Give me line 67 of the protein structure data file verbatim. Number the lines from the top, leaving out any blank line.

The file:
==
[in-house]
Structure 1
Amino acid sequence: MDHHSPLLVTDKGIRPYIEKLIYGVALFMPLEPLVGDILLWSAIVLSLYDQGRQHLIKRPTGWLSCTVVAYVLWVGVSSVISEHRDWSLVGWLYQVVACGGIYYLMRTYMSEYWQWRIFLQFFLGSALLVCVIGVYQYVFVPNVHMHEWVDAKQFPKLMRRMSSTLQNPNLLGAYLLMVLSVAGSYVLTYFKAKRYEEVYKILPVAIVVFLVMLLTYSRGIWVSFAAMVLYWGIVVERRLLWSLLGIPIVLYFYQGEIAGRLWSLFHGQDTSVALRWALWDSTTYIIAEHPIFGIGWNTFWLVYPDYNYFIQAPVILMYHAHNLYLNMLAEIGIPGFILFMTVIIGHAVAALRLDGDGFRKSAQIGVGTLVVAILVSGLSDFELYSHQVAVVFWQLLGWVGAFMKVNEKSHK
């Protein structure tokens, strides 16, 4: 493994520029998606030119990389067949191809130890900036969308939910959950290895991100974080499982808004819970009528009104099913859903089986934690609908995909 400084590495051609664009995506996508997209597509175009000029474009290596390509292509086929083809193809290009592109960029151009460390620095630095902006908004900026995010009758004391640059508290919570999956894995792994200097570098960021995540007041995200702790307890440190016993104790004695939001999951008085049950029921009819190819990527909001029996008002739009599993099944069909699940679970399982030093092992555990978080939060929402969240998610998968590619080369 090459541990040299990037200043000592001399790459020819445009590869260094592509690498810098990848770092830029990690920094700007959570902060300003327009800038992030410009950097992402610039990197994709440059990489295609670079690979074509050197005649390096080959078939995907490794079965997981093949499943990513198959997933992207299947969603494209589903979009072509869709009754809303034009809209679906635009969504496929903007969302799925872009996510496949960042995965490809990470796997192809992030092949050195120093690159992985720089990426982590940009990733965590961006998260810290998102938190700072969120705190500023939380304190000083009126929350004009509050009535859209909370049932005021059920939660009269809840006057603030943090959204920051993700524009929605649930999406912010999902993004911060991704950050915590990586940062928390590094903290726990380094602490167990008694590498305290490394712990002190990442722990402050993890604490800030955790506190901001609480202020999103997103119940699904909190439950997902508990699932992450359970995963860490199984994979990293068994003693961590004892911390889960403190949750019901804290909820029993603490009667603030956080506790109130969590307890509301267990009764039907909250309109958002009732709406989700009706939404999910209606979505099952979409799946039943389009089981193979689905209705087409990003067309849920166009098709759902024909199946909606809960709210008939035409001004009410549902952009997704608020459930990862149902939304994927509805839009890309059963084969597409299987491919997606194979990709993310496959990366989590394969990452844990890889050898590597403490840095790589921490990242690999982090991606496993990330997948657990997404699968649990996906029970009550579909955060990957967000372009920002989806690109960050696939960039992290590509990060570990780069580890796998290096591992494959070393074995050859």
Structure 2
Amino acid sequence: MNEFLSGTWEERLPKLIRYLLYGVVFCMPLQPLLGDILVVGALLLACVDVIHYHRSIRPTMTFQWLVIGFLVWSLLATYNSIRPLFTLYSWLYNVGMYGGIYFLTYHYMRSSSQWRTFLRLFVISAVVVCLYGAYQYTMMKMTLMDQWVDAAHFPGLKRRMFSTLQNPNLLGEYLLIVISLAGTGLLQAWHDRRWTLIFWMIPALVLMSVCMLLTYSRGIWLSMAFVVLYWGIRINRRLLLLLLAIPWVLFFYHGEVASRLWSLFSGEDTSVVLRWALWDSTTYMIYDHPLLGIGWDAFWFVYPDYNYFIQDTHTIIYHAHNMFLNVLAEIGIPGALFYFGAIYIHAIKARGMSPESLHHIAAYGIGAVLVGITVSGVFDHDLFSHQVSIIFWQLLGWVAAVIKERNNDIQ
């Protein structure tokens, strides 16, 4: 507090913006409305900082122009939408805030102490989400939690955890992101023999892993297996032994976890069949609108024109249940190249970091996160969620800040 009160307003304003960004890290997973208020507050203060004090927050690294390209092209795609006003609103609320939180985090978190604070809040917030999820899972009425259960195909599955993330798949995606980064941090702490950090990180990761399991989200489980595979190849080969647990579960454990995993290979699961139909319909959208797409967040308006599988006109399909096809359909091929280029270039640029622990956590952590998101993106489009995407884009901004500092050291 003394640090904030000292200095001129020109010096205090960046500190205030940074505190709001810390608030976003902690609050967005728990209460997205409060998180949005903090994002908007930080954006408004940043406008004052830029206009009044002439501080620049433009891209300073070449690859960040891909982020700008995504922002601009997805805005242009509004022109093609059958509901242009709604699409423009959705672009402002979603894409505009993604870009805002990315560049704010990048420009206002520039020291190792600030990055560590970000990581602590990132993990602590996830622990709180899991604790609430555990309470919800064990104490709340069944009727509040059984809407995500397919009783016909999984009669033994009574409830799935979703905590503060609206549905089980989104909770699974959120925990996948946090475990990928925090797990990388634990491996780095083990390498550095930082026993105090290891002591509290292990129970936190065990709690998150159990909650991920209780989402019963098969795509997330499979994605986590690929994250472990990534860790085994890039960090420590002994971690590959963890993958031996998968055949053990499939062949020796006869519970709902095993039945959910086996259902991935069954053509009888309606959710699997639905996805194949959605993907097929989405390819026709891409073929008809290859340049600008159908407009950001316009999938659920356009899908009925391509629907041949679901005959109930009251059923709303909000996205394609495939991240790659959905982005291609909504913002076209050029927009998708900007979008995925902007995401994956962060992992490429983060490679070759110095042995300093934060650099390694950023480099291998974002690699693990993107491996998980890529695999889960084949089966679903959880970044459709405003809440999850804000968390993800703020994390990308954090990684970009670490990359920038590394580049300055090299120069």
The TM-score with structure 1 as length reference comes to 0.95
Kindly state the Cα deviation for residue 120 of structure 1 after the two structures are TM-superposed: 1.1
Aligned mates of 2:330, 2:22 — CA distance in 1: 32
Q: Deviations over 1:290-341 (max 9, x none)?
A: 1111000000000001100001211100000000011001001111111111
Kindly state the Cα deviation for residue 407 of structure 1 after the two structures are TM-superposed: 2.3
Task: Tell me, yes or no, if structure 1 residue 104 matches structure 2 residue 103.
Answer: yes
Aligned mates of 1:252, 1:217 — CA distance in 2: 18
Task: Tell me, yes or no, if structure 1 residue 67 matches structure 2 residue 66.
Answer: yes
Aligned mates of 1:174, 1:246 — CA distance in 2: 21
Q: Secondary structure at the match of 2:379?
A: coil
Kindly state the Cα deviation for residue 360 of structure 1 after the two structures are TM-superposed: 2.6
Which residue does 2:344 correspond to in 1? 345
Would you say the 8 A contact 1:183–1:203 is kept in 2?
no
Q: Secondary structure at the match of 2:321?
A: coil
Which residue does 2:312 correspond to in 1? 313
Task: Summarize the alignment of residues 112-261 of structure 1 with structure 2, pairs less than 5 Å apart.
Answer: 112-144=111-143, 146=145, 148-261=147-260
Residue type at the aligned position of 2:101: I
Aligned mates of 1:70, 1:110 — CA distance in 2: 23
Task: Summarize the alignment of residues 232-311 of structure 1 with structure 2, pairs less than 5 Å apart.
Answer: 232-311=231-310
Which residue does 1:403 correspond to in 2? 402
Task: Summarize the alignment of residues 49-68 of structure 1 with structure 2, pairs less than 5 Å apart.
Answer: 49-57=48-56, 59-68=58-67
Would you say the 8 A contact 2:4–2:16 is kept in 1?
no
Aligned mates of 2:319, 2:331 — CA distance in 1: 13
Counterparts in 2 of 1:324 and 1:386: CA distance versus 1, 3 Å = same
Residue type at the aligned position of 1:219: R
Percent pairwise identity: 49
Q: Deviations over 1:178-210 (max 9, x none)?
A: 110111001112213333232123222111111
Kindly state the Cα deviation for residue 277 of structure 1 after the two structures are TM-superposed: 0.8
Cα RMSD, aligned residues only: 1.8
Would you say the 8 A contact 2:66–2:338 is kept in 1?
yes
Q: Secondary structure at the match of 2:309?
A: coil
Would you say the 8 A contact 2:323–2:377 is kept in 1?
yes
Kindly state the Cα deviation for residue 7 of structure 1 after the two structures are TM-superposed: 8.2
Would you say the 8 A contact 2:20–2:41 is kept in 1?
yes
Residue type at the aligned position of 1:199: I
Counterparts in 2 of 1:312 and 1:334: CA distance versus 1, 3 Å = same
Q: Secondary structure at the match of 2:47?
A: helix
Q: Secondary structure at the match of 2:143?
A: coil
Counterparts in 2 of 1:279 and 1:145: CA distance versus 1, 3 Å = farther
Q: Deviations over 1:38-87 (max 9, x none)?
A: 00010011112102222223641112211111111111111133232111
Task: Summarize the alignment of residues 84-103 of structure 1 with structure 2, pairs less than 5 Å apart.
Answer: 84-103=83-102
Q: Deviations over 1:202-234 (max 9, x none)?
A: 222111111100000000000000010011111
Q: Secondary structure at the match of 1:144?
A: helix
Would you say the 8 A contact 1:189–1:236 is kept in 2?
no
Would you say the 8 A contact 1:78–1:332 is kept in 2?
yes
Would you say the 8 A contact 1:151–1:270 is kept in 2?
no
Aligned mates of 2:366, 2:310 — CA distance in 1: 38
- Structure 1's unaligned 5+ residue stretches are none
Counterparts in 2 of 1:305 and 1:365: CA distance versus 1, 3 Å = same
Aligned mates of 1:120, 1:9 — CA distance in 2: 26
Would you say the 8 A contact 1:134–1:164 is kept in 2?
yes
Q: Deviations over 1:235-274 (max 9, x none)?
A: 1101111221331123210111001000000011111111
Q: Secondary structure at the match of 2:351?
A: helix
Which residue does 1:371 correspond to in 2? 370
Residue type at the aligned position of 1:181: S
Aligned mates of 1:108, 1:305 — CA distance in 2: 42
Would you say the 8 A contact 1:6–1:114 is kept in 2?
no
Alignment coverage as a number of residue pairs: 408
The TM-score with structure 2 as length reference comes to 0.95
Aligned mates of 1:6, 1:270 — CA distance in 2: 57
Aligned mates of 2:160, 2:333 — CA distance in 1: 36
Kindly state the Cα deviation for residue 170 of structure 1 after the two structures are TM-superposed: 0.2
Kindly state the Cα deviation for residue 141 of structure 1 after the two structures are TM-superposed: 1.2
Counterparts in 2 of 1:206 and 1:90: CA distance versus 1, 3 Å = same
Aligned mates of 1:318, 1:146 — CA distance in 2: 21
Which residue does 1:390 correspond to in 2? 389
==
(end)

Answer: 84-103=83-102